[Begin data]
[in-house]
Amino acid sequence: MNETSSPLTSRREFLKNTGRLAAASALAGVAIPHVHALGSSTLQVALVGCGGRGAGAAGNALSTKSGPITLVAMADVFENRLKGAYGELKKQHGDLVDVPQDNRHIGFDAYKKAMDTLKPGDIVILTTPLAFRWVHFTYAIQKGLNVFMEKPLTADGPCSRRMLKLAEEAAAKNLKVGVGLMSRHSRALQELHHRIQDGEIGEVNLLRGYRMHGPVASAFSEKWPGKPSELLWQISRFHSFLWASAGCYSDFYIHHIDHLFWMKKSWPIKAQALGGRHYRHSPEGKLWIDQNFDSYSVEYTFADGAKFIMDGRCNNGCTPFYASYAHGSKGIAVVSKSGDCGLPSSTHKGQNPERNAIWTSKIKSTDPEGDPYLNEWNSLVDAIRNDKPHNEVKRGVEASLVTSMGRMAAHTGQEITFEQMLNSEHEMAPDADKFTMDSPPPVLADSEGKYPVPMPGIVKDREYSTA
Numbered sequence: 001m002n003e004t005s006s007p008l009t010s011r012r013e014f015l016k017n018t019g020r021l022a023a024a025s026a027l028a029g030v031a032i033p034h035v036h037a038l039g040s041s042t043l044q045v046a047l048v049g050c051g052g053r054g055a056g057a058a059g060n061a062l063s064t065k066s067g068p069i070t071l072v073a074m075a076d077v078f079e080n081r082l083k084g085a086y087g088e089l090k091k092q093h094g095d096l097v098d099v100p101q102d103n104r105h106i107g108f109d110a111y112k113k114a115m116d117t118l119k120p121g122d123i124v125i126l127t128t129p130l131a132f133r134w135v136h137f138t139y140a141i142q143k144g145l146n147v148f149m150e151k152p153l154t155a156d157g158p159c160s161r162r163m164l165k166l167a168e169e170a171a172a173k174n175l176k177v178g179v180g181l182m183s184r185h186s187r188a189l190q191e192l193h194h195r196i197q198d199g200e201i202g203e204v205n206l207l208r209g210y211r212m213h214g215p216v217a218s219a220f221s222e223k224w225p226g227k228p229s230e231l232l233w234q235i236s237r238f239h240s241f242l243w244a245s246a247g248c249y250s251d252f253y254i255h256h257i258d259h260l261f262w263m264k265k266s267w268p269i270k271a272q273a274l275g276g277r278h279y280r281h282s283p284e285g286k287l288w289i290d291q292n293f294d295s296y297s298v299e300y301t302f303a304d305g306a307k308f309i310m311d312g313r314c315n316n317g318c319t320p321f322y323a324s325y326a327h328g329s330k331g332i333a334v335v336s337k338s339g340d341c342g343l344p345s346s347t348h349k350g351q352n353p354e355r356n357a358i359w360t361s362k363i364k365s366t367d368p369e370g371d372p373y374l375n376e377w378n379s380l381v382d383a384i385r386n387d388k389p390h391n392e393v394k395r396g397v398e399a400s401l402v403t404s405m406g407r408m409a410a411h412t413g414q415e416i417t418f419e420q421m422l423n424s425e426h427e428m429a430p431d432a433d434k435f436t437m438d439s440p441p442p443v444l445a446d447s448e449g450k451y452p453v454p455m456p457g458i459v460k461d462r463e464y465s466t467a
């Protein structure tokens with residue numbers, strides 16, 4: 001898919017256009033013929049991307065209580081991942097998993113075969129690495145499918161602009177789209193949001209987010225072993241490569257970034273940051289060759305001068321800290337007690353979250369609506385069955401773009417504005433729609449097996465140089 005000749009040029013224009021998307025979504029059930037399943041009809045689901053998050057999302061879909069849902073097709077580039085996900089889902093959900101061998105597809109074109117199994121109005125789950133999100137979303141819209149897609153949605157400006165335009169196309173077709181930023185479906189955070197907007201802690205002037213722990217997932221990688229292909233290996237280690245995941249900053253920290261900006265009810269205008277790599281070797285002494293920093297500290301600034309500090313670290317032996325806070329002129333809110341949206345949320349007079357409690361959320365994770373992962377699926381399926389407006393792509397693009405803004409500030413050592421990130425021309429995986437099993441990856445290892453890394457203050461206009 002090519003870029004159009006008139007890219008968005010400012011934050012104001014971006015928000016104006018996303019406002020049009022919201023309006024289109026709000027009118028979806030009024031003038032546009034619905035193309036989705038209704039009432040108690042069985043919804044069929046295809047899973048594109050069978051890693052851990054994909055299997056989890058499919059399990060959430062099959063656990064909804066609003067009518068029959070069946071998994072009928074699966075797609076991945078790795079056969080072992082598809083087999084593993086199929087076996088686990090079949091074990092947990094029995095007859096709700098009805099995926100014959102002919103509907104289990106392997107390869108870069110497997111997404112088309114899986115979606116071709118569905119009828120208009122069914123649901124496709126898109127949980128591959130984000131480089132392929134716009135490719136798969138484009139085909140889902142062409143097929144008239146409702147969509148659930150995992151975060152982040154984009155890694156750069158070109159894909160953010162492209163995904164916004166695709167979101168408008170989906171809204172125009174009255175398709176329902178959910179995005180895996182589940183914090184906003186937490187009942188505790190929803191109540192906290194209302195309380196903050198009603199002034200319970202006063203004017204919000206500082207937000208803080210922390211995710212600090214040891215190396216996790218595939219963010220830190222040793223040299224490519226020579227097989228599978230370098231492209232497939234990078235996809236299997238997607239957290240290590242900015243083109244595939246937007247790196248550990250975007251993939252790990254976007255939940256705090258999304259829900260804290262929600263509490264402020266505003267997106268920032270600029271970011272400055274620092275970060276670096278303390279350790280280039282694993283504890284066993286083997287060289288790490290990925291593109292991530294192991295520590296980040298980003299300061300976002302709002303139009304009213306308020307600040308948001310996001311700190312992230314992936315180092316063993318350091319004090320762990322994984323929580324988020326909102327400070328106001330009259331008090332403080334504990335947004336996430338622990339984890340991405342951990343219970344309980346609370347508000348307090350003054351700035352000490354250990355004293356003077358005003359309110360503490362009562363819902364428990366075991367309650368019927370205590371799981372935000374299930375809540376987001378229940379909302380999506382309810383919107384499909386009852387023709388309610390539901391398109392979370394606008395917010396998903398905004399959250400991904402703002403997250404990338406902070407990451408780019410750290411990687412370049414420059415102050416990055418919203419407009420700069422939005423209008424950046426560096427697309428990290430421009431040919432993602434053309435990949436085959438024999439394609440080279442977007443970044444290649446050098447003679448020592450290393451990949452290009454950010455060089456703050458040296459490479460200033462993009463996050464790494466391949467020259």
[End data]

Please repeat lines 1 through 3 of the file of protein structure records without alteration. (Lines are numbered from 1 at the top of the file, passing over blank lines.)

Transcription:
[in-house]
Amino acid sequence: MNETSSPLTSRREFLKNTGRLAAASALAGVAIPHVHALGSSTLQVALVGCGGRGAGAAGNALSTKSGPITLVAMADVFENRLKGAYGELKKQHGDLVDVPQDNRHIGFDAYKKAMDTLKPGDIVILTTPLAFRWVHFTYAIQKGLNVFMEKPLTADGPCSRRMLKLAEEAAAKNLKVGVGLMSRHSRALQELHHRIQDGEIGEVNLLRGYRMHGPVASAFSEKWPGKPSELLWQISRFHSFLWASAGCYSDFYIHHIDHLFWMKKSWPIKAQALGGRHYRHSPEGKLWIDQNFDSYSVEYTFADGAKFIMDGRCNNGCTPFYASYAHGSKGIAVVSKSGDCGLPSSTHKGQNPERNAIWTSKIKSTDPEGDPYLNEWNSLVDAIRNDKPHNEVKRGVEASLVTSMGRMAAHTGQEITFEQMLNSEHEMAPDADKFTMDSPPPVLADSEGKYPVPMPGIVKDREYSTA
Numbered sequence: 001m002n003e004t005s006s007p008l009t010s011r012r013e014f015l016k017n018t019g020r021l022a023a024a025s026a027l028a029g030v031a032i033p034h035v036h037a038l039g040s041s042t043l044q045v046a047l048v049g050c051g052g053r054g055a056g057a058a059g060n061a062l063s064t065k066s067g068p069i070t071l072v073a074m075a076d077v078f079e080n081r082l083k084g085a086y087g088e089l090k091k092q093h094g095d096l097v098d099v100p101q102d103n104r105h106i107g108f109d110a111y112k113k114a115m116d117t118l119k120p121g122d123i124v125i126l127t128t129p130l131a132f133r134w135v136h137f138t139y140a141i142q143k144g145l146n147v148f149m150e151k152p153l154t155a156d157g158p159c160s161r162r163m164l165k166l167a168e169e170a171a172a173k174n175l176k177v178g179v180g181l182m183s184r185h186s187r188a189l190q191e192l193h194h195r196i197q198d199g200e201i202g203e204v205n206l207l208r209g210y211r212m213h214g215p216v217a218s219a220f221s222e223k224w225p226g227k228p229s230e231l232l233w234q235i236s237r238f239h240s241f242l243w244a245s246a247g248c249y250s251d252f253y254i255h256h257i258d259h260l261f262w263m264k265k266s267w268p269i270k271a272q273a274l275g276g277r278h279y280r281h282s283p284e285g286k287l288w289i290d291q292n293f294d295s296y297s298v299e300y301t302f303a304d305g306a307k308f309i310m311d312g313r314c315n316n317g318c319t320p321f322y323a324s325y326a327h328g329s330k331g332i333a334v335v336s337k338s339g340d341c342g343l344p345s346s347t348h349k350g351q352n353p354e355r356n357a358i359w360t361s362k363i364k365s366t367d368p369e370g371d372p373y374l375n376e377w378n379s380l381v382d383a384i385r386n387d388k389p390h391n392e393v394k395r396g397v398e399a400s401l402v403t404s405m406g407r408m409a410a411h412t413g414q415e416i417t418f419e420q421m422l423n424s425e426h427e428m429a430p431d432a433d434k435f436t437m438d439s440p441p442p443v444l445a446d447s448e449g450k451y452p453v454p455m456p457g458i459v460k461d462r463e464y465s466t467a